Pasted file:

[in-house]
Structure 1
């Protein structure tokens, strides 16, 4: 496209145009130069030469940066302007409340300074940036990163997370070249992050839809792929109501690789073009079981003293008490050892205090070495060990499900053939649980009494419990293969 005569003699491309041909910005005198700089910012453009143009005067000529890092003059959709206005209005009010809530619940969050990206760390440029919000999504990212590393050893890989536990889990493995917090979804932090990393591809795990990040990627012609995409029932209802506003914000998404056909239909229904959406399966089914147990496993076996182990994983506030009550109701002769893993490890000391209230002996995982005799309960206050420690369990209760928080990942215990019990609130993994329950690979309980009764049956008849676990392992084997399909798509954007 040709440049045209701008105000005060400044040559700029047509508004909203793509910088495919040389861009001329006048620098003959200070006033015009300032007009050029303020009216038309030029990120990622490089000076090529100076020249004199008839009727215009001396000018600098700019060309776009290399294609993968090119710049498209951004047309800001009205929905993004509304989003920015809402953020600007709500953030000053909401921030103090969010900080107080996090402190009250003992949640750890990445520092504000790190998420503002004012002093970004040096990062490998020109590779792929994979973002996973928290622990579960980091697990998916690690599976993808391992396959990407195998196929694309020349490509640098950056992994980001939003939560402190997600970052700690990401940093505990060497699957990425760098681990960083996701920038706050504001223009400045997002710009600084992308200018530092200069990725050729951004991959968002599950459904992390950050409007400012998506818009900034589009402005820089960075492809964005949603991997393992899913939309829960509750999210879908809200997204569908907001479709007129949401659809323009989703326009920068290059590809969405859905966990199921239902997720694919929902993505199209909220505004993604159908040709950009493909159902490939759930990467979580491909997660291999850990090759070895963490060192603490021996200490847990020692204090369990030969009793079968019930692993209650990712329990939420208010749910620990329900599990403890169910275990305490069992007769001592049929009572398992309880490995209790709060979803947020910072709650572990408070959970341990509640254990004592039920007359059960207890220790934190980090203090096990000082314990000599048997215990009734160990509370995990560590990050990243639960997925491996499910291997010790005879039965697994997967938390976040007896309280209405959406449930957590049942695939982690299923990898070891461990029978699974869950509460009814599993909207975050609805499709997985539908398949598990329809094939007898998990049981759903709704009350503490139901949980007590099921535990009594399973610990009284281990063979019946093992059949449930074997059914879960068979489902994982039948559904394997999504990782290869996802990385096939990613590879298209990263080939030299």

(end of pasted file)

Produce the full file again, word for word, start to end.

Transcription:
[in-house]
Structure 1
């Protein structure tokens, strides 16, 4: 496209145009130069030469940066302007409340300074940036990163997370070249992050839809792929109501690789073009079981003293008490050892205090070495060990499900053939649980009494419990293969 005569003699491309041909910005005198700089910012453009143009005067000529890092003059959709206005209005009010809530619940969050990206760390440029919000999504990212590393050893890989536990889990493995917090979804932090990393591809795990990040990627012609995409029932209802506003914000998404056909239909229904959406399966089914147990496993076996182990994983506030009550109701002769893993490890000391209230002996995982005799309960206050420690369990209760928080990942215990019990609130993994329950690979309980009764049956008849676990392992084997399909798509954007 040709440049045209701008105000005060400044040559700029047509508004909203793509910088495919040389861009001329006048620098003959200070006033015009300032007009050029303020009216038309030029990120990622490089000076090529100076020249004199008839009727215009001396000018600098700019060309776009290399294609993968090119710049498209951004047309800001009205929905993004509304989003920015809402953020600007709500953030000053909401921030103090969010900080107080996090402190009250003992949640750890990445520092504000790190998420503002004012002093970004040096990062490998020109590779792929994979973002996973928290622990579960980091697990998916690690599976993808391992396959990407195998196929694309020349490509640098950056992994980001939003939560402190997600970052700690990401940093505990060497699957990425760098681990960083996701920038706050504001223009400045997002710009600084992308200018530092200069990725050729951004991959968002599950459904992390950050409007400012998506818009900034589009402005820089960075492809964005949603991997393992899913939309829960509750999210879908809200997204569908907001479709007129949401659809323009989703326009920068290059590809969405859905966990199921239902997720694919929902993505199209909220505004993604159908040709950009493909159902490939759930990467979580491909997660291999850990090759070895963490060192603490021996200490847990020692204090369990030969009793079968019930692993209650990712329990939420208010749910620990329900599990403890169910275990305490069992007769001592049929009572398992309880490995209790709060979803947020910072709650572990408070959970341990509640254990004592039920007359059960207890220790934190980090203090096990000082314990000599048997215990009734160990509370995990560590990050990243639960997925491996499910291997010790005879039965697994997967938390976040007896309280209405959406449930957590049942695939982690299923990898070891461990029978699974869950509460009814599993909207975050609805499709997985539908398949598990329809094939007898998990049981759903709704009350503490139901949980007590099921535990009594399973610990009284281990063979019946093992059949449930074997059914879960068979489902994982039948559904394997999504990782290869996802990385096939990613590879298209990263080939030299």